“Leaves, Diamonds, Moon”
March 6- April 18, 2020
This exhibition pairs two distinct bodies of paintings Kevin Wixted has been developing over the past few years. One can be called abstract and the other representational, but the reality is they are one and the same. The paintings question the relationship between perception, memory and invention. By showing them side-by-side Wixted wants to form a dialogue between several strong impulses that are always present in the work. This juxtaposition speaks to organic growth systems and sequences in nature, but also suggests the mysterious emotional encoding to be found in landscape. As game playing strategies develop through comparisons, the geometric and organic contrast leads to a variety of possibilities and interpretations. This formal play has its roots in the contrast of landscape sources experienced first hand and the metaphoric potential of abstraction. The interaction of color and shape has been an ongoing concern in Wixted’s oeuvre. He concentrates on building an abstract vocabulary of rhythm, pattern and color relationships that reflect his experiences of both working directly from nature and inventing a formal language. Wixted wants the work to develop its own pictorial dynamic beyond the image, reflecting the particular geometry, color, texture and light of place.
Paintings by Sirena LaBurn, Samuel Levy, Nathan Mullins, and William Reed
November 9, 2019–January 10, 2020
AMOR FATI broadens the definition of traditional momento mori to explore themes of life, death, and rebirth in paintings by Sirena Laburn, Samuel Levy, Nathan Mullins, and William Reed at Wagner College’s Union Gallery. The four artists’ works, each exhibiting individual interests and styles, converse about the hopes and fears inherent in our limited human experience, keeping an eye toward the certainty we all face, and welcoming that death as necessary.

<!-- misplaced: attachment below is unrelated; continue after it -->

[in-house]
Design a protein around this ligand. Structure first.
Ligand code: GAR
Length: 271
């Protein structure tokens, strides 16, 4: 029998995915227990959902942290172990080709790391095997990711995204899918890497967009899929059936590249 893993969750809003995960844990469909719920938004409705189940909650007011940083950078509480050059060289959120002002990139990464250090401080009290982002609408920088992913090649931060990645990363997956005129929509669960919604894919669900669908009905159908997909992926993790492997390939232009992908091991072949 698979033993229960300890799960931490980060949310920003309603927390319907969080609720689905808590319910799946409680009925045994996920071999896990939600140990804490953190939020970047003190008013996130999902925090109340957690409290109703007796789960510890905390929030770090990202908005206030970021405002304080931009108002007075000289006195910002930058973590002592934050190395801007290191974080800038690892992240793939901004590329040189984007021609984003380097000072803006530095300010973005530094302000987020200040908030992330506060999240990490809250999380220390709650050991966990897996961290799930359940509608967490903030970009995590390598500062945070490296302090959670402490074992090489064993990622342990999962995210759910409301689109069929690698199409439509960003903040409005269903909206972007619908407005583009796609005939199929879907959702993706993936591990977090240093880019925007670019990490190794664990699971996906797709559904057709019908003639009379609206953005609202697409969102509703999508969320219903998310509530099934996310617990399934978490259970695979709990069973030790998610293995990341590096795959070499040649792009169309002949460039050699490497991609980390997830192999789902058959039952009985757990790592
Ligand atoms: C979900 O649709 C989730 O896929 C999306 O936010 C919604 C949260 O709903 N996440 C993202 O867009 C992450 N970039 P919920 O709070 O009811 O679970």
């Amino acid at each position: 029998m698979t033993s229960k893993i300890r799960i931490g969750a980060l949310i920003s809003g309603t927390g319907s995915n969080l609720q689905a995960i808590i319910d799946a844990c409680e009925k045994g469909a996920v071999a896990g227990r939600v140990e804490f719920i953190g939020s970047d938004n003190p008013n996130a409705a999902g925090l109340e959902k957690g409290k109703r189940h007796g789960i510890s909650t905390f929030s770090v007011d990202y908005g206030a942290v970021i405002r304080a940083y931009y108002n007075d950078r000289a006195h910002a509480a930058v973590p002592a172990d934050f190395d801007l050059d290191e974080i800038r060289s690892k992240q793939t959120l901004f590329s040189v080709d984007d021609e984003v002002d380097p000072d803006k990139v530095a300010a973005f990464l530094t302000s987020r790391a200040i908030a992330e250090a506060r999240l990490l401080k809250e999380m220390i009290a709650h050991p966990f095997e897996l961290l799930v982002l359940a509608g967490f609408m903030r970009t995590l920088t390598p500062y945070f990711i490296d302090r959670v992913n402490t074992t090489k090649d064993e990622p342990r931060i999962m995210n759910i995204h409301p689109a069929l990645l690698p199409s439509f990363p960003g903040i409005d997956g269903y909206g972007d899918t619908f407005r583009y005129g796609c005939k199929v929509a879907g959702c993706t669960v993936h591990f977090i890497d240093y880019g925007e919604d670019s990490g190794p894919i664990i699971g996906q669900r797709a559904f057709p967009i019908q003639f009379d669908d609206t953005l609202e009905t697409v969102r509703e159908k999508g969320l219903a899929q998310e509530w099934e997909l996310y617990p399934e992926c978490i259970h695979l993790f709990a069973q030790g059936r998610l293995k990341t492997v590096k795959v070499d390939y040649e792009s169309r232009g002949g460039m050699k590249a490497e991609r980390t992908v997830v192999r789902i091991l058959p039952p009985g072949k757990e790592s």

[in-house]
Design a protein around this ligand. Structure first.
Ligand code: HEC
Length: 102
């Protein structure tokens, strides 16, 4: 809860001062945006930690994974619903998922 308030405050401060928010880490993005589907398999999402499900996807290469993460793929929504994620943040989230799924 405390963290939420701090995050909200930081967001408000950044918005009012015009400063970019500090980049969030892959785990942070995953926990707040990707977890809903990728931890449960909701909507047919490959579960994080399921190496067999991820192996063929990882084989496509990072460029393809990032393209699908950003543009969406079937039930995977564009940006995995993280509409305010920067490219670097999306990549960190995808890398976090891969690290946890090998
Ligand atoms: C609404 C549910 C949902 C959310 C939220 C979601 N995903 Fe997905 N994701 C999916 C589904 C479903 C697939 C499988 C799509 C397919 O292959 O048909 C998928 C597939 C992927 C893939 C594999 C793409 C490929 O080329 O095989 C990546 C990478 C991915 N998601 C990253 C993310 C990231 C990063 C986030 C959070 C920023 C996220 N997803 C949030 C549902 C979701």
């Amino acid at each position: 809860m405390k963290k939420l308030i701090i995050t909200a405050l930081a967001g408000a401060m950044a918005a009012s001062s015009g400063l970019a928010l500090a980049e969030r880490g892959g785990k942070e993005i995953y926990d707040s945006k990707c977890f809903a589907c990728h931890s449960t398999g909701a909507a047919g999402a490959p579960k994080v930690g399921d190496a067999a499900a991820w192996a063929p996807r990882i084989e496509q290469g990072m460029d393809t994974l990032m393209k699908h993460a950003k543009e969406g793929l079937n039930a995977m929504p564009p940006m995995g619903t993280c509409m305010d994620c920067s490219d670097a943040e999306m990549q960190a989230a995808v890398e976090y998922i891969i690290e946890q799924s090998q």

The wheel shapes in Sirena LaBurn’s (b. 1986, B.S. 2012, M.F.A. 2014) paintings reflect the cyclical nature of life and the circumstances in which we are born and will die. Drawing from her experience of motherhood, LaBurn creates images that speak to the wishes and fears she has for her daughter’s future, including skeletons that dance in the deserts of the artist’s home state of Texas, laughing at our attempts to make sense of it all. The dichotomy of life and death is blurred in Samuel Levy’s (b. 1980, B.F.A. 2003, M.F.A. 2009) observational paintings as stags and ducks seem to breathe before the viewer realizes that the animals are taxidermy stand-ins. This reversal of the original reading offers a chance to reflect on the line that separates the quick and the dead. Figures both mythological and commonplace combine in the paintings of Nathan Mullins (b. 1989, B.F.A. 2012, M.F.A. 2015), finding equal footing to explore symbols of rebirth. The destructive and life-giving duality of water is a central theme present in these paintings that range in topic from The Birth of Venus to rising ocean levels. William Reed’s (b. 1981, B.A. 2003, M.F.A. 2009) Pyre paintings, a series begun some years ago, are visual meditations that deal with chance, death, and renewal. The flowers, gathered from spaces personally meaningful to the artist, lay scattered across floors in decay, but are revived with life and beauty by their arrangement as painting motifs.
NICK SAVIDES “NYCITYSCAPES” EXHIBIT
The Union Gallery at Wagner College will present a solo exhibition of oil paintings by Brooklyn artist Nick Savides. The exhibition will be on display from November 12, 2018 through January 12, 2019. There will be an opening reception, free to the public, on November 18, 2-4 pm.
The paintings in this show are set in New York City – in neighborhoods such as Tribeca, SoHo, and NoHo, as well as Central Park. They are portrayed with a blend of realism and subtle surrealism that creates a unique vision of the city. One of the recurrent themes in this show is the depiction of the figure and faces on billboards, anthropomorphizing the city itself. Using the effects of light and space, they blend the everyday and the extraordinary, the dynamic and the serene. As Val Schaffner writes, “Beyond the carefully rendered beauty, complexity, and calm of his art, there is mystery: a sense of something about to be discovered.”